It does talk about what “comprehensiveness” means within the context of the “principled comprehensiveness” Richard mentioned, but did not quote.

        Kuhrt said: “Part of what the ‘comprehensiveness’ side of this involves, however, is an equal commitment to remaining fully embedded within a diverse church…” and that “The understanding of the evangelicals who gathered at Keele, however, was that this situation [revisionism in the churches upper echelons] would only change through their being fully committed to involvement in the church’s structures and accepting the frustrations and disappointments, as well as the successes and opportunities, that would result from this.”

        Kuhrt therefore does say what comprehensiveness means (in the sense that you stay within the institutional structures of the institution you are a part of) and requires commitment to principles that are already written into the fabric of the Church of England, particularly as Keele happened at a time when “the Church of England was far more liberal with creedal orthodoxy amongst its bishops, for instance, being far weaker than it is today.”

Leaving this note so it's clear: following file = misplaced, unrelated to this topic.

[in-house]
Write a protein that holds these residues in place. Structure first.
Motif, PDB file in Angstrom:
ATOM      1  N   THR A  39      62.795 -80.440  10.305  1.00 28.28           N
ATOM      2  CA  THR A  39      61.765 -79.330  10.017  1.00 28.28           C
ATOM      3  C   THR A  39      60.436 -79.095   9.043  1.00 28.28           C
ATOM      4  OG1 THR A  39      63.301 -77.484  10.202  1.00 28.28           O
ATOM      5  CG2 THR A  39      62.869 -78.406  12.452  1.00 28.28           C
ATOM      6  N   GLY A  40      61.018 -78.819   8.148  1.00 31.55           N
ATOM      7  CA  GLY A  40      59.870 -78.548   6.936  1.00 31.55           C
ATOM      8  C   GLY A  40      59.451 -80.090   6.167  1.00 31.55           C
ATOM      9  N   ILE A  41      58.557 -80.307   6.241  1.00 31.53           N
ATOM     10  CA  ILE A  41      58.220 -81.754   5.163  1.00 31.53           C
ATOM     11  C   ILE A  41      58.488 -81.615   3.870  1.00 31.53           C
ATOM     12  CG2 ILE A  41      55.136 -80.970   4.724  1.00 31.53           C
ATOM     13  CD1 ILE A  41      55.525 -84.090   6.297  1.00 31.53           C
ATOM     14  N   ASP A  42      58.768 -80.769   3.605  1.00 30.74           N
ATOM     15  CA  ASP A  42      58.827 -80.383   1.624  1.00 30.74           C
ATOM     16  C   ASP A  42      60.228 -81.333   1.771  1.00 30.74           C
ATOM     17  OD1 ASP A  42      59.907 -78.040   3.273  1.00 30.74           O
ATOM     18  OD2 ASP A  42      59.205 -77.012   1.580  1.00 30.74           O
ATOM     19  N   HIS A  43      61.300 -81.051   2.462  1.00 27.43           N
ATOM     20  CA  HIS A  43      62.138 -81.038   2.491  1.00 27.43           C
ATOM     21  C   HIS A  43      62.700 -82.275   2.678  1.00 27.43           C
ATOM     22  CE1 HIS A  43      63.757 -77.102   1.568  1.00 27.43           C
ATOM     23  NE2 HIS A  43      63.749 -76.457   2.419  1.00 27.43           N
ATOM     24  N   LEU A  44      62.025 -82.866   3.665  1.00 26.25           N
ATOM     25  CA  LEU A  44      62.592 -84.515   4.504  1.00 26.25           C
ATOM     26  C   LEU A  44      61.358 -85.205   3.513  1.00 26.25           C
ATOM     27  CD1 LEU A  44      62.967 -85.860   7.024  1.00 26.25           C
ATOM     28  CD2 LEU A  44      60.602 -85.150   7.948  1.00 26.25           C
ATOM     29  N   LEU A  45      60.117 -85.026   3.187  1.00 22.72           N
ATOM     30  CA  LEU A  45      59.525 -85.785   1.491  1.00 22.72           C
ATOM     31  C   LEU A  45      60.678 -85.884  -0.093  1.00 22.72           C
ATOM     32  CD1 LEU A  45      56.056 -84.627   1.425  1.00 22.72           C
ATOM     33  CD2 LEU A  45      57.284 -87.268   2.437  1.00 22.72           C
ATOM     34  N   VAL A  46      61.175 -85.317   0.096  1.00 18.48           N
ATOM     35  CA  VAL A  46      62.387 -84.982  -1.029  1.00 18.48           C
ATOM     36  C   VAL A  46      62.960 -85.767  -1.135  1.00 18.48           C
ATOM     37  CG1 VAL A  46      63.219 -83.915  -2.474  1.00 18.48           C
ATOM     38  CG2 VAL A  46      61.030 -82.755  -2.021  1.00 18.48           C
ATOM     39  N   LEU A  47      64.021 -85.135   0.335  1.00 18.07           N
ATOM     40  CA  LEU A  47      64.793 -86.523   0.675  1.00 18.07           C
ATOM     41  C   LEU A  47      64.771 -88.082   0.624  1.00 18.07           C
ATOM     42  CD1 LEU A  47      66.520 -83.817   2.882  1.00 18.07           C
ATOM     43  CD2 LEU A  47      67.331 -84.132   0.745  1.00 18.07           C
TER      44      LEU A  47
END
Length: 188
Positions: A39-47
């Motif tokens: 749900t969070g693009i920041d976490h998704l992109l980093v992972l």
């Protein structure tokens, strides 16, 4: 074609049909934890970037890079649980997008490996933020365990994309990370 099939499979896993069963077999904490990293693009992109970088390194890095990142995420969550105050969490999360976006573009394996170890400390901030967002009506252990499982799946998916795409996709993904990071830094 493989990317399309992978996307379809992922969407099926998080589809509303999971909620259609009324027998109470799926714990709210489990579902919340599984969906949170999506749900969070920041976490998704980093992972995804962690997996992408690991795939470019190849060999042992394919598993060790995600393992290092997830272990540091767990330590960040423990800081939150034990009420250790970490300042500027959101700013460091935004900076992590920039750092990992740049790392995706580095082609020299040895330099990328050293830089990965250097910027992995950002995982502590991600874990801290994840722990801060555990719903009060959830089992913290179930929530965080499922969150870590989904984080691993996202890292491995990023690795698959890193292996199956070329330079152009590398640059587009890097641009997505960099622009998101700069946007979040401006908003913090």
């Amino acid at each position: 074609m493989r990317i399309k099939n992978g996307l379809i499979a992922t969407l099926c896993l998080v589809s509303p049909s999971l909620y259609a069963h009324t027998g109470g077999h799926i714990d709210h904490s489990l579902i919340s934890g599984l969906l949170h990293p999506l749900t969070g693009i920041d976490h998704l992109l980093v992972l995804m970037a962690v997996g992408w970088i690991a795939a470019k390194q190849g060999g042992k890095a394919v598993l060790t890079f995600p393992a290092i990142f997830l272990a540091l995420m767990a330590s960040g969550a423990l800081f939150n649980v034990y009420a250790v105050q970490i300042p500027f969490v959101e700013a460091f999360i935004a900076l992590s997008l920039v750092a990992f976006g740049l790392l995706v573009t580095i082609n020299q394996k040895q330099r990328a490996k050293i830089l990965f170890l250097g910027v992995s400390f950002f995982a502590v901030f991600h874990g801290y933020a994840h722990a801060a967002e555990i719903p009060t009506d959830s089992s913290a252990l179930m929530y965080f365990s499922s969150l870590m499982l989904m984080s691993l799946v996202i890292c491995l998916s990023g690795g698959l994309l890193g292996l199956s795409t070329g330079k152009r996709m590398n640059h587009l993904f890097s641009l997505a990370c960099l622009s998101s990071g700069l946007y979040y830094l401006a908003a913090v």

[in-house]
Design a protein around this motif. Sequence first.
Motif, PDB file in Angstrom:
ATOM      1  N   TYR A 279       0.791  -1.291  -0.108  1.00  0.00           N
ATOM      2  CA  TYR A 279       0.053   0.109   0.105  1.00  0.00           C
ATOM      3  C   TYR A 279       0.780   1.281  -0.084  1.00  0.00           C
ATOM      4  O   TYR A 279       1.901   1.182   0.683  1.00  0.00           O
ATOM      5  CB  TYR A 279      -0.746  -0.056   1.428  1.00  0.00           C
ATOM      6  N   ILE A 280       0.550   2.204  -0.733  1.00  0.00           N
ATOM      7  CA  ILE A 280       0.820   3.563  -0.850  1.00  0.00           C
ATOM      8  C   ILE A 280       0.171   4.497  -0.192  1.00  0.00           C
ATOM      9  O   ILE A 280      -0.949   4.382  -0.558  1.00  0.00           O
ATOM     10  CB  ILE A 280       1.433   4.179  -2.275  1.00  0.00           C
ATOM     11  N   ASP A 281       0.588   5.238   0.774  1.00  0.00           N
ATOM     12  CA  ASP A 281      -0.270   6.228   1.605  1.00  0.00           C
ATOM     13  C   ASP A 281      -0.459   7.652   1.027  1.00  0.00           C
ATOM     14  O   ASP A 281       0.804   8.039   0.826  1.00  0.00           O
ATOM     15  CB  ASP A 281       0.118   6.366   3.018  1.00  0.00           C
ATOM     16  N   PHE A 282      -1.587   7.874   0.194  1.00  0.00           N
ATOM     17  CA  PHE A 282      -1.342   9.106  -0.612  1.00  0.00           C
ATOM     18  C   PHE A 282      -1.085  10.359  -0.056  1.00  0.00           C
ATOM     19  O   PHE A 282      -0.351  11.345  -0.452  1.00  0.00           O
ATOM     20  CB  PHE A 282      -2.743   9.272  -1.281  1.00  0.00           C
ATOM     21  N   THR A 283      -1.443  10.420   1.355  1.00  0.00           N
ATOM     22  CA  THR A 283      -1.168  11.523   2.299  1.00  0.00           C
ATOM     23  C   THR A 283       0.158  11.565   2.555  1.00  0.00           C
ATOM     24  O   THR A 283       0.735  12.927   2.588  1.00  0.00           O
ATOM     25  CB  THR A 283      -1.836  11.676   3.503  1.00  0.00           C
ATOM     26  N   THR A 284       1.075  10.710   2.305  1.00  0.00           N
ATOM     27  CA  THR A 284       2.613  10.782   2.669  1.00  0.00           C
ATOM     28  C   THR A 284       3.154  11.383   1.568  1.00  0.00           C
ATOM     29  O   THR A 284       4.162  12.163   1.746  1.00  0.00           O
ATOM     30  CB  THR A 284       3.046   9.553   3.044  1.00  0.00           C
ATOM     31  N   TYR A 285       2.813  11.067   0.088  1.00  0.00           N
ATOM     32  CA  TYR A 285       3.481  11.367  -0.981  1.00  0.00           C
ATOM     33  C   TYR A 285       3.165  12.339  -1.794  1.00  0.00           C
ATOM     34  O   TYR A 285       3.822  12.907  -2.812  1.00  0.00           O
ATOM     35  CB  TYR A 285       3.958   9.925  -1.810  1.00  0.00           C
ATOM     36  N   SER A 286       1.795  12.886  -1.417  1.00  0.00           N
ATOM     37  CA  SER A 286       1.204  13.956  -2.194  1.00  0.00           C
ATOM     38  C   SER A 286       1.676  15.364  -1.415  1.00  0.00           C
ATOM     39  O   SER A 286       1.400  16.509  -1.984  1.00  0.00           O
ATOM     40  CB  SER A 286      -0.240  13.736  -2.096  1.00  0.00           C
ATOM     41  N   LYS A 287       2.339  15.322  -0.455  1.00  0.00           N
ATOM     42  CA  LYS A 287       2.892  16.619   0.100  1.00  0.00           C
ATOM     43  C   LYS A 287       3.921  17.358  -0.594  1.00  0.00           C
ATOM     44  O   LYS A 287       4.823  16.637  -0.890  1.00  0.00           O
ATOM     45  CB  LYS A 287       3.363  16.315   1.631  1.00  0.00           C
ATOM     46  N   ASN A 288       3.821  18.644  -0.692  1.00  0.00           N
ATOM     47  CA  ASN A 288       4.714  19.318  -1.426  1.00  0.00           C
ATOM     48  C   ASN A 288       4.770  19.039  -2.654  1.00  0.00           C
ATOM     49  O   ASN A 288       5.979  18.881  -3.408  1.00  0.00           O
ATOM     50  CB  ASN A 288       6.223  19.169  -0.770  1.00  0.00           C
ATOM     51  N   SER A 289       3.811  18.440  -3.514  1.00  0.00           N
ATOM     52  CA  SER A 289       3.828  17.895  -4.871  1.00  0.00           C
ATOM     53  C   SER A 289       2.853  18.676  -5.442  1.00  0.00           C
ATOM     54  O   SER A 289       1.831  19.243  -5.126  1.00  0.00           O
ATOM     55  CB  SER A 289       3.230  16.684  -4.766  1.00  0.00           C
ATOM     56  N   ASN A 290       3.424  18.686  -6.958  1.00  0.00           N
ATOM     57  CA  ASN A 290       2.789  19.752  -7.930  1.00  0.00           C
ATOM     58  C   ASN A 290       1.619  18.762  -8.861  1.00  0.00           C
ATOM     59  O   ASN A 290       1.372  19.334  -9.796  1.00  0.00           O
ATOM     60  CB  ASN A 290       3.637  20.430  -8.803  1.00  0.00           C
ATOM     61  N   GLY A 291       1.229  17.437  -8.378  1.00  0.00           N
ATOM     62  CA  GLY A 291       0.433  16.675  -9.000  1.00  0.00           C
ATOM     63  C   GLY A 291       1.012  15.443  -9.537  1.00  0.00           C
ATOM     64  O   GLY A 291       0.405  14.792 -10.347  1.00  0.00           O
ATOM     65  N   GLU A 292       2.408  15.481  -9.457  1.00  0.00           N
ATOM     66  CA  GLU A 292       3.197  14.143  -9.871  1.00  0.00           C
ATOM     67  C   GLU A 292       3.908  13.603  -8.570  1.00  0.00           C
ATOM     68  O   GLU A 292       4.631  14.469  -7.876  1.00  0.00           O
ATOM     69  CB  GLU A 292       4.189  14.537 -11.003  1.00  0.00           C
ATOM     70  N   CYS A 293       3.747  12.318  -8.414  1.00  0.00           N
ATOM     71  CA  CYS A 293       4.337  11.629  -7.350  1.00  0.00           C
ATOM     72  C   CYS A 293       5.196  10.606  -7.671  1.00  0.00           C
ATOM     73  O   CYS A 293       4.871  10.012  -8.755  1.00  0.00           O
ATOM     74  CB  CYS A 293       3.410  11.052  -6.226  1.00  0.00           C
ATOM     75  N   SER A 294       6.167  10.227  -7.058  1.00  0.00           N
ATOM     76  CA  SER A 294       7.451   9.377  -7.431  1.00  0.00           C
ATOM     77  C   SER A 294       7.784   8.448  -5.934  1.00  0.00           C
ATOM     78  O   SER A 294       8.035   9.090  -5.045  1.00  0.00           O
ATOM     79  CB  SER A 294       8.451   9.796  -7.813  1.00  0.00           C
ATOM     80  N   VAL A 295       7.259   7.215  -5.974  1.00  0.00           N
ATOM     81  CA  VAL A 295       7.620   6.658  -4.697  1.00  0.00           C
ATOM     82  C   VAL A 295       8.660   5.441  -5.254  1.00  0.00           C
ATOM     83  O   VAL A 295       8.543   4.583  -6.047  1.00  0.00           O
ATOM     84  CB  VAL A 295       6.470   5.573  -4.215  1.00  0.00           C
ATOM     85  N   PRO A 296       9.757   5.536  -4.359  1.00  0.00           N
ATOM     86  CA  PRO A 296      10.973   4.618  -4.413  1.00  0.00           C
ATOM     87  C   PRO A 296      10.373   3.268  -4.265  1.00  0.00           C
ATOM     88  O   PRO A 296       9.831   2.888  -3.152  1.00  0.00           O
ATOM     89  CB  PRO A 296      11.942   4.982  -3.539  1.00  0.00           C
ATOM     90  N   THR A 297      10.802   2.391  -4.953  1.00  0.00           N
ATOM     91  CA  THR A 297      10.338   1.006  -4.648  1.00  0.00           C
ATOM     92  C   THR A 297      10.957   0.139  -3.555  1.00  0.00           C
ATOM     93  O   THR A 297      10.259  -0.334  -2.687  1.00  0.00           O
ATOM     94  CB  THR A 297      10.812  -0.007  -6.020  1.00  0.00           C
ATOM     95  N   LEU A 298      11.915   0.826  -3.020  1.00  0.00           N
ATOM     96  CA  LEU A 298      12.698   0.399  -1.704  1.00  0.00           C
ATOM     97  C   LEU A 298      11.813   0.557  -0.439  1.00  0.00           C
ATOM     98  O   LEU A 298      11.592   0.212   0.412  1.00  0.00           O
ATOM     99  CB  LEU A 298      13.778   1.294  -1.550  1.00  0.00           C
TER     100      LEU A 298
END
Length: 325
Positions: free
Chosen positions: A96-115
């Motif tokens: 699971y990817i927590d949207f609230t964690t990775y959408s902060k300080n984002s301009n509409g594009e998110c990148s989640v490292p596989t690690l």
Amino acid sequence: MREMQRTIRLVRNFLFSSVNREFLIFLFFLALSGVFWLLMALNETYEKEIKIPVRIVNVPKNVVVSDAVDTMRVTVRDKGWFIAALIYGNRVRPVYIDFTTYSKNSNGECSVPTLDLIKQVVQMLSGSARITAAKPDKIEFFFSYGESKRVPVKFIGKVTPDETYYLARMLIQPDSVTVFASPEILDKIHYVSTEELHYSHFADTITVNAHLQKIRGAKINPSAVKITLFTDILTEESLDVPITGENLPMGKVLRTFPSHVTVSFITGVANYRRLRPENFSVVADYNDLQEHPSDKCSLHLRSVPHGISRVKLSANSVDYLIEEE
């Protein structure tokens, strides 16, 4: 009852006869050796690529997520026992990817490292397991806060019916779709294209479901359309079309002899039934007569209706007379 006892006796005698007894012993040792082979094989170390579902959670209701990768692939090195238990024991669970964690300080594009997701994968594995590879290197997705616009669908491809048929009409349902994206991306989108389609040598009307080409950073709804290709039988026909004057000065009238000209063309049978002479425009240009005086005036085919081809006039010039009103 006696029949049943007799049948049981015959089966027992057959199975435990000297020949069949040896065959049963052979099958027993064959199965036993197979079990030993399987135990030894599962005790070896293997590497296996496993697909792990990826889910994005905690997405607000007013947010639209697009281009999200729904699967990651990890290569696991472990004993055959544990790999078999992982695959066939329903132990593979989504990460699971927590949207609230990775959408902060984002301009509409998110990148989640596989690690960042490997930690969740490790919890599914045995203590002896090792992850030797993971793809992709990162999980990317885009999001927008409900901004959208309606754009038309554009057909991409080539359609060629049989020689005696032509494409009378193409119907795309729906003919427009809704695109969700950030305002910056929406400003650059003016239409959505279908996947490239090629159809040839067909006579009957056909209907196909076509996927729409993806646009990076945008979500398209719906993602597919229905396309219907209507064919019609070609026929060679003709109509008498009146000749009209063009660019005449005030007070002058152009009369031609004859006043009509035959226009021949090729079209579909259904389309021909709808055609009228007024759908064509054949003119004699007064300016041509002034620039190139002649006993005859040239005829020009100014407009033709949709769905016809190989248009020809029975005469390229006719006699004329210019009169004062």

The questions I asked are not rhetorical questions and therefore I was challenging Perks to argue why he though Keele was irrelevant or non effective. Or why 40 years is a good measure, rather than lets say 200 years. This is an institutional behemoth we are talking about here, after all.

        I also turn what Richard says about the effective evangelical churches on its head and say that it might have been precisely because of Keele that these churches (HTB, St Helens, Oxford churches) are able to do what they are doing now (as full members of the CofE).

        Richard might be taking all this personally. I might have already judged that what I am saying has more to do with him than with any substantive point I was attempting to make. That would be a wrong assumption. He even seems to think that I have not read his post properly. You seem to be saying that I have not read the post or that I am unfairly putting words into Richard’s mouth. I welcome either one of you pointing out to me where I may have misunderstood, or misrepresented what he says/means.